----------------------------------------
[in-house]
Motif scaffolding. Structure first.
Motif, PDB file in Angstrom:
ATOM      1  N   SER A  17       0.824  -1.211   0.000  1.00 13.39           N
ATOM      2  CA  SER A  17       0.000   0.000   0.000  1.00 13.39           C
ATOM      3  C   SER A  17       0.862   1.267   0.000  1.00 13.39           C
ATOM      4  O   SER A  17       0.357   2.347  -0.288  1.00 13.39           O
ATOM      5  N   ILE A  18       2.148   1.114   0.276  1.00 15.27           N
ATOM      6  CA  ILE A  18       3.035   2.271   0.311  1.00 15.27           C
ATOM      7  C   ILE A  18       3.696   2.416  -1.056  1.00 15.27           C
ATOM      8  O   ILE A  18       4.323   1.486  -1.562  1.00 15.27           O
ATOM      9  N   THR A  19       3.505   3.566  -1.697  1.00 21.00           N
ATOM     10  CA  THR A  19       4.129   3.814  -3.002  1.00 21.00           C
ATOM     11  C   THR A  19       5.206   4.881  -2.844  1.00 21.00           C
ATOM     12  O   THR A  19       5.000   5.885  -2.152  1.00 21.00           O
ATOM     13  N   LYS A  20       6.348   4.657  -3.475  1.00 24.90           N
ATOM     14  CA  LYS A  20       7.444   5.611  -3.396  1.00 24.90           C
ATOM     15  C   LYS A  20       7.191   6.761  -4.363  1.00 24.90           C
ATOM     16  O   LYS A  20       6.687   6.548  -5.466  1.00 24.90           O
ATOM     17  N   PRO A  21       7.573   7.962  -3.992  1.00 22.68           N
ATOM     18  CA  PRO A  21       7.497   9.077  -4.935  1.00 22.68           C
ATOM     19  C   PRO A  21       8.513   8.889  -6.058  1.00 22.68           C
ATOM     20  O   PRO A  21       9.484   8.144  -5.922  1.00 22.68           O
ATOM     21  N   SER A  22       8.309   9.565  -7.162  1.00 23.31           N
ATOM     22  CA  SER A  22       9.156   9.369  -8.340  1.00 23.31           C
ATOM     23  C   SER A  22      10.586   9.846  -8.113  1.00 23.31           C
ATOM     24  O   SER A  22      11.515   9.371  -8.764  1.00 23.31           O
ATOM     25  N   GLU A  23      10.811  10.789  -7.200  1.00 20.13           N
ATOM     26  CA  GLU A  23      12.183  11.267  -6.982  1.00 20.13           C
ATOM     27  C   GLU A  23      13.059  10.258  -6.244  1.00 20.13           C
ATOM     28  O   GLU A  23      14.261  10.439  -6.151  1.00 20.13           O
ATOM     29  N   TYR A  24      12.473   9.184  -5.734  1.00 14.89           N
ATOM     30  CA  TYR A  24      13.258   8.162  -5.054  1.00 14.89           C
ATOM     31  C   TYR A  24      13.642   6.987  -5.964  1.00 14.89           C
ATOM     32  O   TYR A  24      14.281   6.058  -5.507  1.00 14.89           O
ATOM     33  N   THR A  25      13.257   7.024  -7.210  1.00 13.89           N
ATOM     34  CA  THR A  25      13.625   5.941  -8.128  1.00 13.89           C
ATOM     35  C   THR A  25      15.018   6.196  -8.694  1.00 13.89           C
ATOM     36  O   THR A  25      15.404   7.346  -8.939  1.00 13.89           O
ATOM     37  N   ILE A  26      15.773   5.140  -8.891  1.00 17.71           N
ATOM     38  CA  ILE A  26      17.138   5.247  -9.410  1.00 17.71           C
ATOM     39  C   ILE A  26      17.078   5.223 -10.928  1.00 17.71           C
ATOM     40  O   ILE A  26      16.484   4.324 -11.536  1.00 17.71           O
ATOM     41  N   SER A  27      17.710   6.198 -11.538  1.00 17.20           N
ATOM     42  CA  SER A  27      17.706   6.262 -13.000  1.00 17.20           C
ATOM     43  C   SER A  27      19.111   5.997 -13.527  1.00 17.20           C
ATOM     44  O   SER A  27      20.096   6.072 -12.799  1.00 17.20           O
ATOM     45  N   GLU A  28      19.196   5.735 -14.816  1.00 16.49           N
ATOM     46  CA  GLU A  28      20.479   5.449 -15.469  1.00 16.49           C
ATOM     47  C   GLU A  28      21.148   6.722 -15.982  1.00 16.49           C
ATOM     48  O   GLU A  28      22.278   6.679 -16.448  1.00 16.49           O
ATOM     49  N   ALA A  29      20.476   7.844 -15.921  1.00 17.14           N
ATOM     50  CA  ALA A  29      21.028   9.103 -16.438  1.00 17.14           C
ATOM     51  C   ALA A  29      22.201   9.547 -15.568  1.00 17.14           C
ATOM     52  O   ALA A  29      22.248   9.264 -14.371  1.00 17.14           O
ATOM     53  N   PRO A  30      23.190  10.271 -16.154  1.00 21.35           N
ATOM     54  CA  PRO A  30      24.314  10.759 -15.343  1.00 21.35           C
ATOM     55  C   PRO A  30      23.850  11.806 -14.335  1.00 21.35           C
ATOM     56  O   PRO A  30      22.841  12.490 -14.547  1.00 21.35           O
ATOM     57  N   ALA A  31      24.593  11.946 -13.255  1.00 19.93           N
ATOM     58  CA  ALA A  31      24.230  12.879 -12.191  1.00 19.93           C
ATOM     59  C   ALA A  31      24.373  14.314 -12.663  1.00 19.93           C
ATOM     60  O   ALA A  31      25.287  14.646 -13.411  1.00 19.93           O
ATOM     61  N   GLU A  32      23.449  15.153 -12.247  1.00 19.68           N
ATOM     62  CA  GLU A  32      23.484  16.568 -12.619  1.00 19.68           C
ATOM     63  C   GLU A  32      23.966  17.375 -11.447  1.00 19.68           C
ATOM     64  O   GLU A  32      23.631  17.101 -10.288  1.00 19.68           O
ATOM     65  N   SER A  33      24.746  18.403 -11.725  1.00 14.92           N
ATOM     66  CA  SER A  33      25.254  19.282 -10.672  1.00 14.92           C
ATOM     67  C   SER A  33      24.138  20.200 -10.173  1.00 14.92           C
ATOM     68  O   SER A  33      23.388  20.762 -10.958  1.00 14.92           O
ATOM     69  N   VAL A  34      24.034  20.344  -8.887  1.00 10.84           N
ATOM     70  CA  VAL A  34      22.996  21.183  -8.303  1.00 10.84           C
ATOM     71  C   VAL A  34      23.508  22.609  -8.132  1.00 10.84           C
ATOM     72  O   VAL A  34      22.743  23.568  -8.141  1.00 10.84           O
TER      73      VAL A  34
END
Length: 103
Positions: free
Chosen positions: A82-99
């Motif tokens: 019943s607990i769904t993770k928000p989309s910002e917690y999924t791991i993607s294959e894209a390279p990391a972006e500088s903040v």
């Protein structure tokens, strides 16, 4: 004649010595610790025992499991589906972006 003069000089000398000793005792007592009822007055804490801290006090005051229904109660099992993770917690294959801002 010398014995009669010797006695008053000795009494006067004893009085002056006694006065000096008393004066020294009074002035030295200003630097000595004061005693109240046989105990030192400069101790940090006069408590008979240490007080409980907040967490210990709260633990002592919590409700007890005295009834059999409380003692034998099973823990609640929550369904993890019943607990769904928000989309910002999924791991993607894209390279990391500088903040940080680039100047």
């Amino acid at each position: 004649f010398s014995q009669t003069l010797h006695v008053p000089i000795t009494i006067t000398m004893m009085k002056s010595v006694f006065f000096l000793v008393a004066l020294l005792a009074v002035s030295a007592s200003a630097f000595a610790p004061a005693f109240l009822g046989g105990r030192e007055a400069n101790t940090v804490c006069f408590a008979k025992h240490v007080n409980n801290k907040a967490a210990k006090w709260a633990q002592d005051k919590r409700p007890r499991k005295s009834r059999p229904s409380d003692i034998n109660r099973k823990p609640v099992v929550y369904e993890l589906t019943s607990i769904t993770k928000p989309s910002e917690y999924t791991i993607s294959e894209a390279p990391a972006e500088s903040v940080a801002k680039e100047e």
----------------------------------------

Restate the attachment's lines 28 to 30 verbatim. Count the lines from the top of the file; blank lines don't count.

ATOM     25  N   GLU A  23      10.811  10.789  -7.200  1.00 20.13           N
ATOM     26  CA  GLU A  23      12.183  11.267  -6.982  1.00 20.13           C
ATOM     27  C   GLU A  23      13.059  10.258  -6.244  1.00 20.13           C